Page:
National Geographic : 1949 Oct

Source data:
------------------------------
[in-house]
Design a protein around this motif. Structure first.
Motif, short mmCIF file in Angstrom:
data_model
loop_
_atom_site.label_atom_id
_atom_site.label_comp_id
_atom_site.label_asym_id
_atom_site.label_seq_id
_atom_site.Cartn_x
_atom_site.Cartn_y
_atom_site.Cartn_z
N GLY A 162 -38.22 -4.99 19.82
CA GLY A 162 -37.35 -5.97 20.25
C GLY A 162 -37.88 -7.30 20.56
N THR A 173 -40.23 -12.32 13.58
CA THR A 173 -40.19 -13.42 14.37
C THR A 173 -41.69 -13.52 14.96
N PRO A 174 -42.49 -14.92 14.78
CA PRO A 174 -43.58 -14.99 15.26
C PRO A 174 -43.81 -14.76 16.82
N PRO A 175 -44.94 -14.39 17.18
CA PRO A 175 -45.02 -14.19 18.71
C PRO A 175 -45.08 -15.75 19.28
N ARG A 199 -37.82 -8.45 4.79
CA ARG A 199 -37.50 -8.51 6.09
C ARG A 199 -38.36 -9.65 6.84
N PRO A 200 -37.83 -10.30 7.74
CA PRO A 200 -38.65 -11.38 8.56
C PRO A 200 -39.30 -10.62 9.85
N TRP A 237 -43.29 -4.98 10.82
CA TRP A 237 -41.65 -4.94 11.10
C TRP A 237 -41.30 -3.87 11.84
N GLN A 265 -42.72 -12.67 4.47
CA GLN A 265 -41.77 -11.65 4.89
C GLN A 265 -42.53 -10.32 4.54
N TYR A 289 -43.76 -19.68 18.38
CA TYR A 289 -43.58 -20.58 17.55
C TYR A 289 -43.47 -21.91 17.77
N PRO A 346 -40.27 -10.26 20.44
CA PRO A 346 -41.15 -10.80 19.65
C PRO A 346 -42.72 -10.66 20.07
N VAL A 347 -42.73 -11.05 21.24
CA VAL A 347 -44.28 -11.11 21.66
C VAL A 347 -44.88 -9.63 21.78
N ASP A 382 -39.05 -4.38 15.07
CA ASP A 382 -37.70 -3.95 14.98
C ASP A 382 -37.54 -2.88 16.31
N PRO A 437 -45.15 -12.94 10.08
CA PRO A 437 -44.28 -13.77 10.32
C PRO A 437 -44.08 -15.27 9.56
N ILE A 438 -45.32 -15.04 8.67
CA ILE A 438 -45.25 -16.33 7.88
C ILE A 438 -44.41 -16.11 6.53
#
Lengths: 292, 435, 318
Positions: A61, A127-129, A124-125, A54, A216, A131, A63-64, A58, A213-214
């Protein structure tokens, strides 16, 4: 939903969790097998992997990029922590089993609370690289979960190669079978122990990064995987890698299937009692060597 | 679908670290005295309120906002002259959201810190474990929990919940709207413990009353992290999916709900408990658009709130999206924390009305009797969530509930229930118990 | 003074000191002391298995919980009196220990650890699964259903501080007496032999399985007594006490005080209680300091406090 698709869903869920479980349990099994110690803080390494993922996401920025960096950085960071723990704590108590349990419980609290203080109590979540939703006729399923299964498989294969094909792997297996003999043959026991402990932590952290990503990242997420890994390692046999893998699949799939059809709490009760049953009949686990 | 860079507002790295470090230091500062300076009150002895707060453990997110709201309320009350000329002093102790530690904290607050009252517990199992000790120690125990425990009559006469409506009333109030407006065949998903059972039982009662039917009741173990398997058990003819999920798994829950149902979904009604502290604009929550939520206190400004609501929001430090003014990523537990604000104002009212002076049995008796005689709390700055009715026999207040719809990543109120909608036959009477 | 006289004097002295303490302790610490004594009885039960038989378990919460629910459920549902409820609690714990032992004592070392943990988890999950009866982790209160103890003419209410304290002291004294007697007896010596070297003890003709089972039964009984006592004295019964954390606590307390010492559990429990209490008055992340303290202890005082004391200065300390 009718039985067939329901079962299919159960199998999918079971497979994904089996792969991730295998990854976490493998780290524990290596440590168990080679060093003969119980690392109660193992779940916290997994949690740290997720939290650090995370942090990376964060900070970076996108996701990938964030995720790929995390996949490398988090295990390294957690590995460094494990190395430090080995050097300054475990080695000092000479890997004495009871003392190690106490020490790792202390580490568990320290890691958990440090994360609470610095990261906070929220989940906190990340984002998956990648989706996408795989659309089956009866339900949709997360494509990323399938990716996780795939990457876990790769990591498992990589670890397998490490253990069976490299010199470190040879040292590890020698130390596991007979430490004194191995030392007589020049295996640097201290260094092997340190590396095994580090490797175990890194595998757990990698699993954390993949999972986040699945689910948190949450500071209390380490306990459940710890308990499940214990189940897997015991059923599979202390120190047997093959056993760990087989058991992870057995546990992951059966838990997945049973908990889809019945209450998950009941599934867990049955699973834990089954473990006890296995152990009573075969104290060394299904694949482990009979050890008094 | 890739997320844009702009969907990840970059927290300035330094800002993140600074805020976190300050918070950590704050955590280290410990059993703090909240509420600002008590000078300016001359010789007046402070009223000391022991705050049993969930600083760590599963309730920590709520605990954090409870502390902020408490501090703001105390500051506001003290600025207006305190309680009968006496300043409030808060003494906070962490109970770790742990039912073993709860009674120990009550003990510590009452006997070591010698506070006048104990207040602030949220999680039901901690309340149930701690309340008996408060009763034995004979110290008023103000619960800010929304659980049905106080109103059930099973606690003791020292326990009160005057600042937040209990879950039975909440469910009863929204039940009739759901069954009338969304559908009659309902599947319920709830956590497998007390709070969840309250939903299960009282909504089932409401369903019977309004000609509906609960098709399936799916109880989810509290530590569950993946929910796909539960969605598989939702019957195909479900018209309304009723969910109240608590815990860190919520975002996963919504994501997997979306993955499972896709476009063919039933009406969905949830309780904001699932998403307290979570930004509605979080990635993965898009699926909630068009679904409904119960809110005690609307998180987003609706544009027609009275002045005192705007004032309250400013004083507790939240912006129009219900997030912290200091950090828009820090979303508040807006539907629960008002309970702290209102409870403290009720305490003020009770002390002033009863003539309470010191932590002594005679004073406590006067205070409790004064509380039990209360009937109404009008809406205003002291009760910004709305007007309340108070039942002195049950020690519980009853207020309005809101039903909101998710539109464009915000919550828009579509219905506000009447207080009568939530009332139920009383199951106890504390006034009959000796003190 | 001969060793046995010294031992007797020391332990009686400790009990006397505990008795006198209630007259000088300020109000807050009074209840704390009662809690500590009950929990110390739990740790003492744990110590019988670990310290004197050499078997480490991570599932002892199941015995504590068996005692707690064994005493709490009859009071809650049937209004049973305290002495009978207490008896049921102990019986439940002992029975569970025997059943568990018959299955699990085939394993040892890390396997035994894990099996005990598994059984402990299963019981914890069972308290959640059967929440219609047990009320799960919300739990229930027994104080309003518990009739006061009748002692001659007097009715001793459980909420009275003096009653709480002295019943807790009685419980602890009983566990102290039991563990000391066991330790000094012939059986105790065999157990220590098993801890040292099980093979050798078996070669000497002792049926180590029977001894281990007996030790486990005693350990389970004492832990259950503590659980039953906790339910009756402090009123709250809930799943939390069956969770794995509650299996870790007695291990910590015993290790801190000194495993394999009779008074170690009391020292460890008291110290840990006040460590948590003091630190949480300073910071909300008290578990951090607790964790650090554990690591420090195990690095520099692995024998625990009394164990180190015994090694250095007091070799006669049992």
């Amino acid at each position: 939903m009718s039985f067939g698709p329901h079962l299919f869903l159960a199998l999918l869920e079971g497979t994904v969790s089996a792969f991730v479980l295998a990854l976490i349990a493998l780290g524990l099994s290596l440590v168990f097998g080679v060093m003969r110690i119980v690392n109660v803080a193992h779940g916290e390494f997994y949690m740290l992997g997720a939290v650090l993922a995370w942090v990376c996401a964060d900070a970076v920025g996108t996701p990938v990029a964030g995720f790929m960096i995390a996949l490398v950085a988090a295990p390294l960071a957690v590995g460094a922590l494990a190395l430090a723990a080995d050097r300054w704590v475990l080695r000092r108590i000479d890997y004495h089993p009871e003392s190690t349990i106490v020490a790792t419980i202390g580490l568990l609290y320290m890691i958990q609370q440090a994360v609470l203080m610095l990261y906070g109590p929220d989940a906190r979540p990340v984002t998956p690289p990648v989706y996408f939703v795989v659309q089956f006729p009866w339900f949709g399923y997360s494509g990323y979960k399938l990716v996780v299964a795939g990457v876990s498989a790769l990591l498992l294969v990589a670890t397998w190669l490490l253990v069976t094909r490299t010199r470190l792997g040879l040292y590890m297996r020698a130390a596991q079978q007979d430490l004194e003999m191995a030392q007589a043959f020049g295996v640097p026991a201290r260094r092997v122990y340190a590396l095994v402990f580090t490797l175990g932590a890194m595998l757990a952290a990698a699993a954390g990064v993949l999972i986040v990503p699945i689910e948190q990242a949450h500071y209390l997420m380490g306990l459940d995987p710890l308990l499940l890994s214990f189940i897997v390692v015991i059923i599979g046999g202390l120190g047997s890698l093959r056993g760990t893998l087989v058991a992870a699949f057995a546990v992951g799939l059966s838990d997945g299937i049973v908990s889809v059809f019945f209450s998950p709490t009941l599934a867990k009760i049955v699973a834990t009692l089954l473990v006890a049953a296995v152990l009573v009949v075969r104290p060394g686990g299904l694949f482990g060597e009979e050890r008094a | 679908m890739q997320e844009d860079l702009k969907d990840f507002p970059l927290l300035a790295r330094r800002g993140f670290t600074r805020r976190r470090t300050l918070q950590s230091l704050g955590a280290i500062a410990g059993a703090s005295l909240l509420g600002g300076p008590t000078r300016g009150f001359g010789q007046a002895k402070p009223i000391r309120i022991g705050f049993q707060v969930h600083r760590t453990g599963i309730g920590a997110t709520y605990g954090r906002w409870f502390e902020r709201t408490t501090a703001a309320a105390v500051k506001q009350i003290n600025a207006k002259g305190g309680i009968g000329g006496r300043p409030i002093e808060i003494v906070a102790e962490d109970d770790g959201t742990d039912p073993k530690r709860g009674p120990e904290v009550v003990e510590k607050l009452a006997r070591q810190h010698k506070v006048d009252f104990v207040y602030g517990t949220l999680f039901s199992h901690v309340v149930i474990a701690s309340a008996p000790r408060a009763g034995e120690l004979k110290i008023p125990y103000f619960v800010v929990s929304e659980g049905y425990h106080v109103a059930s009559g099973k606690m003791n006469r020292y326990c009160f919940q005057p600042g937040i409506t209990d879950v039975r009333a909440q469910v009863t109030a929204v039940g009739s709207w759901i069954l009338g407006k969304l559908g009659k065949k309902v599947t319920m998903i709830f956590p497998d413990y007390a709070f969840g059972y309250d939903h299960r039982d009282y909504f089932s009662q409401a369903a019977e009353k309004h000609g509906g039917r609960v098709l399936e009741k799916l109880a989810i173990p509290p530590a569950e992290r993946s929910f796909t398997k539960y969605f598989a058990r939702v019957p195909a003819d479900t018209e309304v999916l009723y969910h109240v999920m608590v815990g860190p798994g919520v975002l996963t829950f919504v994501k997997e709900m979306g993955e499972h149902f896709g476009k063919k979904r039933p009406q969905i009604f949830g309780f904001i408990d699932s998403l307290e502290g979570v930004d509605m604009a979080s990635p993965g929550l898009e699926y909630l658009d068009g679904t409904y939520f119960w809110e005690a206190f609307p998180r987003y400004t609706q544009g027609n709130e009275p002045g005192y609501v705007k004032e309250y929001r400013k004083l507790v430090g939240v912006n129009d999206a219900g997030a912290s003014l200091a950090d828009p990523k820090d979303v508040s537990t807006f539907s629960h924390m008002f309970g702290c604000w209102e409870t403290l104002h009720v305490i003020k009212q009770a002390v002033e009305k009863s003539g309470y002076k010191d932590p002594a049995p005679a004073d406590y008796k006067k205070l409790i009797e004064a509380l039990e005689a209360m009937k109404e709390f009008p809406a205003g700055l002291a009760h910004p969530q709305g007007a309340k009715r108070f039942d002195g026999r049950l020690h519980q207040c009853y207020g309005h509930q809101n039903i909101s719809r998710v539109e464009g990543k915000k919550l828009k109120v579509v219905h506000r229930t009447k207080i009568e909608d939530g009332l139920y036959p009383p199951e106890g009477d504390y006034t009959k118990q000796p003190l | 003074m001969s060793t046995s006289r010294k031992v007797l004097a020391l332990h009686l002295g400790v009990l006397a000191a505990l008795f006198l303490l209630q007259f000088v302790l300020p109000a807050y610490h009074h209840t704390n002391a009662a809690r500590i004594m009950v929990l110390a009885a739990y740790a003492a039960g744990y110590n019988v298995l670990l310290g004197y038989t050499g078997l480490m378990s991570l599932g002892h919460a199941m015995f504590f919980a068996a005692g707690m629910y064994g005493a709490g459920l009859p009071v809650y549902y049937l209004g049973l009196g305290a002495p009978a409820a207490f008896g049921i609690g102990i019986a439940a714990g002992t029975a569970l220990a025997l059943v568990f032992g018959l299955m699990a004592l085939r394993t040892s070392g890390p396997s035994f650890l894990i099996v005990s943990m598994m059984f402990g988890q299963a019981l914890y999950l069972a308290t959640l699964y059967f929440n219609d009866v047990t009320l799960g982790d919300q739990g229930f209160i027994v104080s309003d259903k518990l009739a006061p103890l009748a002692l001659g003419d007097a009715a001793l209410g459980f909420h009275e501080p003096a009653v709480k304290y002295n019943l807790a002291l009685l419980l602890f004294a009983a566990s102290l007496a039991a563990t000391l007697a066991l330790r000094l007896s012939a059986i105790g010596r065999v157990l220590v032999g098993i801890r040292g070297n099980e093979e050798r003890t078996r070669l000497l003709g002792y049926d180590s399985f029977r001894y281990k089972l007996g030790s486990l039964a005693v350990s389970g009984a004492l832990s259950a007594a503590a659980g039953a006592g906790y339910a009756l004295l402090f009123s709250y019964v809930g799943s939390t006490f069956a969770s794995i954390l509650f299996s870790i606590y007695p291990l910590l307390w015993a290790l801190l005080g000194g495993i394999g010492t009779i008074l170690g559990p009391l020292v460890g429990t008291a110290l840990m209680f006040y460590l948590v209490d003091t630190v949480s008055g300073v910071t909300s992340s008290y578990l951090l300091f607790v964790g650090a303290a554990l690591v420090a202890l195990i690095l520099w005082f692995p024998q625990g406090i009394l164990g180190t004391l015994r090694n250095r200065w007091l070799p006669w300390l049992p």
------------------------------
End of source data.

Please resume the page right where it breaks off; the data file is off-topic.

Up He Goes in an Eskimo Blanket Toss at Fairbanks's Winter Grilling's, Fairbanks Carnival Spectators crowd the Chena River bridge to watch this favorite northland sport. Performers, striving to outdo one another in altitude, are shot aloft from a stretched blanket or walrus hide held by a dozen persons. Experts always land feet first. Other events of the annual celebration are dog races, parades, a grand ball, and the crowning of a carnival queen. Today he has a wife, a comfortable log cabin, and a prospering potato farm. Near the Stimple farm is the hilltop campus of the University of Alaska, the Territory's only institution of higher learning. Alaskan farm problems are studied at the Agricultural Experiment Station. Mining and engineering are emphasized, and during the winter it is not uncommon to find bearded, 60-year-old prospectors por ing over homework in geology and mineralogy. From the university I could see tiny snow crested mountain ranges jutting from the southwestern horizon. A student pointed out the twin peaks of Mount McKinley, where the North American continent reaches its highest elevation at 20,257 feet above sea level. McKinley's north peak, more than 19,000 feet high, was first reached in 1910 by two Fairbanks sourdoughs carrying an American flag, a 14-foot spruce flagpole, and a sack of doughnuts. Three years later a party of four became the first to climb the higher south peak.* These conquests of McKinley, I reflected as I drove back to Fairbanks, were nothing more than extensions of the grit that created Fairbanks and flows strong in its lifeblood today. Bush planes still use tree-fringed clearings and twisting glacial streams as routine land ing strips; hardly a winter passes without dog teams driving across the tundra on rescue missions; and Second Avenue commerce would wilt if it lost the pack-size purchases of men who live alone in log cabins. Fairbanks, heart of a young frontier and a focal point in patterns of global airways, has good reason to believe in a future as golden as its past. * See, in the NATIONAL GEOGRAPHIC MAGAZINE: "Over the Roof of Our Continent," by Bradford Washburn, July, 1938.